Irish Radio Covers Trade Union Rights in Colombia
Justice For Colombia News |
on: Friday, 3 October 2008
In his continuing series of radio columns to mark the 60th Anniversary of the Universal Declaration of Human Rights, Colm O'Gorman, Executive Director of Amnesty International Ireland addresses Article 23 of the declaration: "Everyone has the right to work for a fair wage in a safe environment and also has the right to join a trade union."
At eight o clock in the morning on the 8th of August last, while most of the world's attention was on the opening ceremony of the Olympic Games, Luis Prada was walking to work. Luis worked in a clothes shop in the town of Saravena in the east of Colombia where he lived with his wife and five children.
As he neared his shop a man walked up to Luis and shot him 17 times in broad daylight before fleeing on a motorcycle with an accomplice.
Luis was the third member of his family to be assassinated. He had spent most of his life living under death threats, forced to move home on numerous occasions.
In the minds of his killers, Luis' crime was that he was a member of the Colombian Trade Union Federation.
Luz Maria Diaz Lopez was a teacher at a rural school in Putumayo. She was seven months pregnant when she and her colleague Emerson Ruales were shot dead as they made their way to work. Both victims were members of the local teacher's union.
Jose Martinez sold lottery tickets for a living. At ten o clock on the night of the 23rd of August he was shot dead by unknown gunmen. Jose was also President of the Colombian National Lottery Worker's Federation and a leading campaigner against proposals to privatise Colombia's national lottery.
He was the 38th trade union member to be assassinated in Colombia this year and the third in the month of August.
Colombia is the most dangerous country in the world to carry a union card.
Oscar Arango started working in a Coca-cola bottling plant in Carepa in 1984. It was a good job. The union had secured bonuses, overtime and health benefits for employees.
But in 1994 paramilitaries began to organise in the area. Backed by the Colombian security forces they have targeted human rights activists and trade union members with impunity.
Research carried out by Amnesty International indicates a co-ordinated strategy between the Colombia military and paramilitary death squads to undermine the work of trade unionists through assassination and intimidation.
The second Coca-Cola worker and union member to be killed at the Carepa plant was Oscar's brother, his body left by the side of the road. For two years Oscar and his colleagues were attacked and intimidated, their offices firebombed, their officials hunted through the streets of Carepa by paramilitaries.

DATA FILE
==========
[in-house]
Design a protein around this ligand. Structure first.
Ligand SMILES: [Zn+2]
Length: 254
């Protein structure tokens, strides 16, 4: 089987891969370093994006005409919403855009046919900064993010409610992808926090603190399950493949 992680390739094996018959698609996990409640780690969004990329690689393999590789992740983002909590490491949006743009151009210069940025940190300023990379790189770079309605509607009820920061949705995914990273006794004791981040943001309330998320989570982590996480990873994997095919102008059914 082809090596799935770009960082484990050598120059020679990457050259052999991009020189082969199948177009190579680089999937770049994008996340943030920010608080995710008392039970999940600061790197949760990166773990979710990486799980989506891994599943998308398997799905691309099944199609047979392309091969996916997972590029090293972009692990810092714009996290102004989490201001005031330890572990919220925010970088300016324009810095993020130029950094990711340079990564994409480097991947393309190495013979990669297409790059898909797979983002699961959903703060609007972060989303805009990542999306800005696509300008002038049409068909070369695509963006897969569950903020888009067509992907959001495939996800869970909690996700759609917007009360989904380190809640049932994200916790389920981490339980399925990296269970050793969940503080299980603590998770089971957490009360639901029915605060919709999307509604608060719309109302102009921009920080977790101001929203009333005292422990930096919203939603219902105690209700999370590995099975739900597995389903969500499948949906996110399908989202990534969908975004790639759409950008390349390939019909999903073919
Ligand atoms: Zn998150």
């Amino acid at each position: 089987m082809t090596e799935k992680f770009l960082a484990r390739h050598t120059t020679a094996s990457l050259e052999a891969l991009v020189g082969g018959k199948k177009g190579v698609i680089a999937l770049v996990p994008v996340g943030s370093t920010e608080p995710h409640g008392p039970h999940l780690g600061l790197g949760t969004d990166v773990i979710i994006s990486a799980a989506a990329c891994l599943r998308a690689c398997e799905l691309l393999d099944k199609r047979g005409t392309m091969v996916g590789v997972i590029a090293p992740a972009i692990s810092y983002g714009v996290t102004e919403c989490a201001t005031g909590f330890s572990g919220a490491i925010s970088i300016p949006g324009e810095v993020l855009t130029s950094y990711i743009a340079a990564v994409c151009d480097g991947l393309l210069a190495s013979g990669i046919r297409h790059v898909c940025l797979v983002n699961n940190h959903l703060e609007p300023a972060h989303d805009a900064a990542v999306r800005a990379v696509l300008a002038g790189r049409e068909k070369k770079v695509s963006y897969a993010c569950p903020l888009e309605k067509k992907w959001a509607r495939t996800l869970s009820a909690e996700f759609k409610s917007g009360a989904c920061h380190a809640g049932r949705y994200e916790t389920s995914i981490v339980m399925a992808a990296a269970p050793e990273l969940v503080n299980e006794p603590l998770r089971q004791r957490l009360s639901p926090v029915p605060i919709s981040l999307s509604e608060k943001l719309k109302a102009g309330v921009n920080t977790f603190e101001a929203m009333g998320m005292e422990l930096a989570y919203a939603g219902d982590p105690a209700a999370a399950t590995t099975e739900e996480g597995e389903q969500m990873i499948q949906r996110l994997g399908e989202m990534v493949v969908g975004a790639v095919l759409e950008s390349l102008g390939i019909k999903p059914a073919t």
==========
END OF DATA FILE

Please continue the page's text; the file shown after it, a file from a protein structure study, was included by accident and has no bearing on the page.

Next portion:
In December 1996 when paramilitaries walked into the factory and murdered a union member at his place of work, it was the final straw. The next day the workers were all assembled at the plant and forced to sign letters resigning from the union.
Managers at the plant immediately imposed a pay cut with wages being reduced from around $400 a month to $130 a month, Colombia's minimum wage.
The International Trade Union Confederation (ITUC) puts the conviction rate for the murders of trade union members in Colombia at 1% and as Oscar puts it, "To be a trade unionist in Colombia is to walk with a gravestone on your back."
While Colombia is the most dangerous country in the world to be in a union, the right to be part of a trade union, to join with your co-workers to negotiate better wages and safer working conditions is one that is under threat around the world.
144 trade union activists were killed in 2006. Nearly 5,000 men and women were arrested for trade union activity with hundreds suffering beatings or torture. Almost ten thousand people lost their jobs for trying to organise.
In the mid-eighties 12 Dunnes Stores workers in Dublin's Henry Street went on strike for two and a half years. They refused to handle goods from Apartheid South Africa. Nelson Mandela later said that their stand helped keep him going during his imprisonment.
Trade union activists are human rights activists. They work to ensure that our right to a decent wage, to a safe and secure working environment, to be treated with respect by our employers are protected and enhanced. They often do so at great personal risk.
There is an old trade union slogan that declares an injury to one is an injury to all. It is as good a summation of the notion of human rights as I have heard.
Article twenty-three of the Universal Declaration of Human Rights: Everyone has the right to work for a fair wage in a safe environment and also has the right to join a trade union.